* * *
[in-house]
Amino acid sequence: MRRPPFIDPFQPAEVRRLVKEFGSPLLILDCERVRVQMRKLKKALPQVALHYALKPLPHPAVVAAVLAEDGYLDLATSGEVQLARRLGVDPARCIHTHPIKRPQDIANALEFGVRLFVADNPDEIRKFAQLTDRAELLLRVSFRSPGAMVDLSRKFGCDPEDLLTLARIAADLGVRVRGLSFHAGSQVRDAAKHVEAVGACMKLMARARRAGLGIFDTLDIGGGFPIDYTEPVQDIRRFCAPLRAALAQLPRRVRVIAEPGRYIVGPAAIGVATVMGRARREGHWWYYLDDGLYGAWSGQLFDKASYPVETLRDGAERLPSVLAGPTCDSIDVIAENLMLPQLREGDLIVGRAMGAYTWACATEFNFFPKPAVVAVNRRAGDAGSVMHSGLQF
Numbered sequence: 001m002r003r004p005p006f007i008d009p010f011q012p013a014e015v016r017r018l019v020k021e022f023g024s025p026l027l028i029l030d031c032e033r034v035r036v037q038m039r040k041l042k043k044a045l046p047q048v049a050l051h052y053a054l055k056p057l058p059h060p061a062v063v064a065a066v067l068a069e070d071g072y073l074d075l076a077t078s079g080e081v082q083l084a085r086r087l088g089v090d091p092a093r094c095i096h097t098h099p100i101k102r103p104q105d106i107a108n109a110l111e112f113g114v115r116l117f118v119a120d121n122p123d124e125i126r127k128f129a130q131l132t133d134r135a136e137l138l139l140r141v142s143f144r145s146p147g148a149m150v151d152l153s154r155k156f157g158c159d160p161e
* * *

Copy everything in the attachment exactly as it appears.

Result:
[in-house]
Amino acid sequence: MRRPPFIDPFQPAEVRRLVKEFGSPLLILDCERVRVQMRKLKKALPQVALHYALKPLPHPAVVAAVLAEDGYLDLATSGEVQLARRLGVDPARCIHTHPIKRPQDIANALEFGVRLFVADNPDEIRKFAQLTDRAELLLRVSFRSPGAMVDLSRKFGCDPEDLLTLARIAADLGVRVRGLSFHAGSQVRDAAKHVEAVGACMKLMARARRAGLGIFDTLDIGGGFPIDYTEPVQDIRRFCAPLRAALAQLPRRVRVIAEPGRYIVGPAAIGVATVMGRARREGHWWYYLDDGLYGAWSGQLFDKASYPVETLRDGAERLPSVLAGPTCDSIDVIAENLMLPQLREGDLIVGRAMGAYTWACATEFNFFPKPAVVAVNRRAGDAGSVMHSGLQF
Numbered sequence: 001m002r003r004p005p006f007i008d009p010f011q012p013a014e015v016r017r018l019v020k021e022f023g024s025p026l027l028i029l030d031c032e033r034v035r036v037q038m039r040k041l042k043k044a045l046p047q048v049a050l051h052y053a054l055k056p057l058p059h060p061a062v063v064a065a066v067l068a069e070d071g072y073l074d075l076a077t078s079g080e081v082q083l084a085r086r087l088g089v090d091p092a093r094c095i096h097t098h099p100i101k102r103p104q105d106i107a108n109a110l111e112f113g114v115r116l117f118v119a120d121n122p123d124e125i126r127k128f129a130q131l132t133d134r135a136e137l138l139l140r141v142s143f144r145s146p147g148a149m150v151d152l153s154r155k156f157g158c159d160p161e